Nationwide builder sentiment rose by one point to 83 in April, according to the National Association of Home Builders/Wells Fargo Housing Market Index.
Nationwide builder sentiment rose by 1 point to 83 in April, according to the National Association of Home Builders/Wells Fargo Housing Market Index. That number was at 30 at the beginning of the pandemic in April. Anything above 50 is considered a good market.
The index is based on a scale from zero to 100 and gauges builder perceptions of single-family homes sales and sale expectations for the next six months.
Amid historically low inventory across the United States, construction is becoming a more attractive option. As a result, lumber is at an all-time high of $1,212.70 per thousand board feet.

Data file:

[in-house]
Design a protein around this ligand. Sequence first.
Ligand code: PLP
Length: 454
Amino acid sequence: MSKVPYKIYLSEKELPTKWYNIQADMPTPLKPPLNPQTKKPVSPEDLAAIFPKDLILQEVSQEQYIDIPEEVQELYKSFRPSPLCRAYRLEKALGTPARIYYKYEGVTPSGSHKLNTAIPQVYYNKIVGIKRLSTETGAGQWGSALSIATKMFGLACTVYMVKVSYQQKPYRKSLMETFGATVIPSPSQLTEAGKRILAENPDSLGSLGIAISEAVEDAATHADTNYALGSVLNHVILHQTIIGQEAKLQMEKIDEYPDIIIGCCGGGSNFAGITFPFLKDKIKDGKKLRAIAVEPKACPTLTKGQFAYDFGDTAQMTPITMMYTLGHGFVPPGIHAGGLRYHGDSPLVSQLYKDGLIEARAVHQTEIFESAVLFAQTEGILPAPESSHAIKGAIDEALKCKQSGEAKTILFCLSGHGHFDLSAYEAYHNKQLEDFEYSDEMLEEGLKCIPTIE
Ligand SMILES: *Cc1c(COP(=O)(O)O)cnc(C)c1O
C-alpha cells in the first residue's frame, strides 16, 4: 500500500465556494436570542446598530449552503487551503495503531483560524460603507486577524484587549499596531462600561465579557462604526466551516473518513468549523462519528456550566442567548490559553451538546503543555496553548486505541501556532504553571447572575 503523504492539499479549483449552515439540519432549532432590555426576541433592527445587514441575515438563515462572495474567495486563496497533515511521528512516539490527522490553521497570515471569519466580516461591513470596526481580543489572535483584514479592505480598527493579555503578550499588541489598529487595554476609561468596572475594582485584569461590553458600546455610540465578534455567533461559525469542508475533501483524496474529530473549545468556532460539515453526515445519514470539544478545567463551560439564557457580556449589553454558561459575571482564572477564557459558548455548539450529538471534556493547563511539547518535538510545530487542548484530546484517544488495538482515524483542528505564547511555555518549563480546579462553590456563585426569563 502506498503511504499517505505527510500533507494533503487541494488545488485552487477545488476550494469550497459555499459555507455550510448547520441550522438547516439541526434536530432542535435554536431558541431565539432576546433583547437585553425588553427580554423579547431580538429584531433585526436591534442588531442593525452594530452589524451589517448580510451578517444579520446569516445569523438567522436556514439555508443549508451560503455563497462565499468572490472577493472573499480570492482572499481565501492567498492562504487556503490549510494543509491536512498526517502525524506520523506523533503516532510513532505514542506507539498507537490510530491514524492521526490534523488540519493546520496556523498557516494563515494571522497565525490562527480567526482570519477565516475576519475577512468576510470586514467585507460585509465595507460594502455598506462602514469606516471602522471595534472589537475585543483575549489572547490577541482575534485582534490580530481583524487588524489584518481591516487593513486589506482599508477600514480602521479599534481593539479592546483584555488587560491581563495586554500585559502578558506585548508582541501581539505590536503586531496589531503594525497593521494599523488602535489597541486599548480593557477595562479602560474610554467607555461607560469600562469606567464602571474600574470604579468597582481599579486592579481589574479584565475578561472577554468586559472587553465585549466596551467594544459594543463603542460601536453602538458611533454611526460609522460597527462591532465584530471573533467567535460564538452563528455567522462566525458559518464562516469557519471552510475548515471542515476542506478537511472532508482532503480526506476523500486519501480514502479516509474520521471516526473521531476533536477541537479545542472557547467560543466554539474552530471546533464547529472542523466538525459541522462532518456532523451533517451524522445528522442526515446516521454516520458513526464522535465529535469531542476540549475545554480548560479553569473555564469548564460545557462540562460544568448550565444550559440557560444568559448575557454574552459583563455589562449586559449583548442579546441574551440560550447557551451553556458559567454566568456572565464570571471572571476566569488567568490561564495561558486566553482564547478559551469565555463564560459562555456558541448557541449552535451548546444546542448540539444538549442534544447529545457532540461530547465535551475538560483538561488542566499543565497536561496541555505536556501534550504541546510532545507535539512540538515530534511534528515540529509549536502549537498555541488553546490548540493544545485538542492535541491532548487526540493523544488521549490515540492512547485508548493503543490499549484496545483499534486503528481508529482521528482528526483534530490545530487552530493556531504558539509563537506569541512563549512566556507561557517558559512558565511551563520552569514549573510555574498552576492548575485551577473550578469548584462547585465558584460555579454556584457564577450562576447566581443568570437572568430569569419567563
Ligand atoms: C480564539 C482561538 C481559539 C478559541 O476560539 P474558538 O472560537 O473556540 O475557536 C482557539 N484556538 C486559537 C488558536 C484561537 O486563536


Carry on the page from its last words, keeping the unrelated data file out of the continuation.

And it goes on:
“The supply chain for residential construction is tight, particularly regarding the cost and availability of lumber, appliances, and other building materials,” NAHB Chairman Chuck Fowke said in a statement. “Though builders are seeking to keep home prices affordable in a market in need of more inventory, policymakers must find ways to increase the supply of building materials as the economy runs hot in 2021.”
Current sales conditions rose 1 point to 88 while buyer traffic grew by 3 points to 75. Sales expectations in the next six months fell 2 points to 81. Builder confidence is highest in the Western region of U.S., clocking in at 92. Confidence is lowest, but still high, in the Midwest at 72.
“NAHB’s forecast is for ongoing growth in single-family construction in 2021, albeit at a lower growth rate than realized in 2020,” NAHB Chief Economist Robert Dietz said in a statement.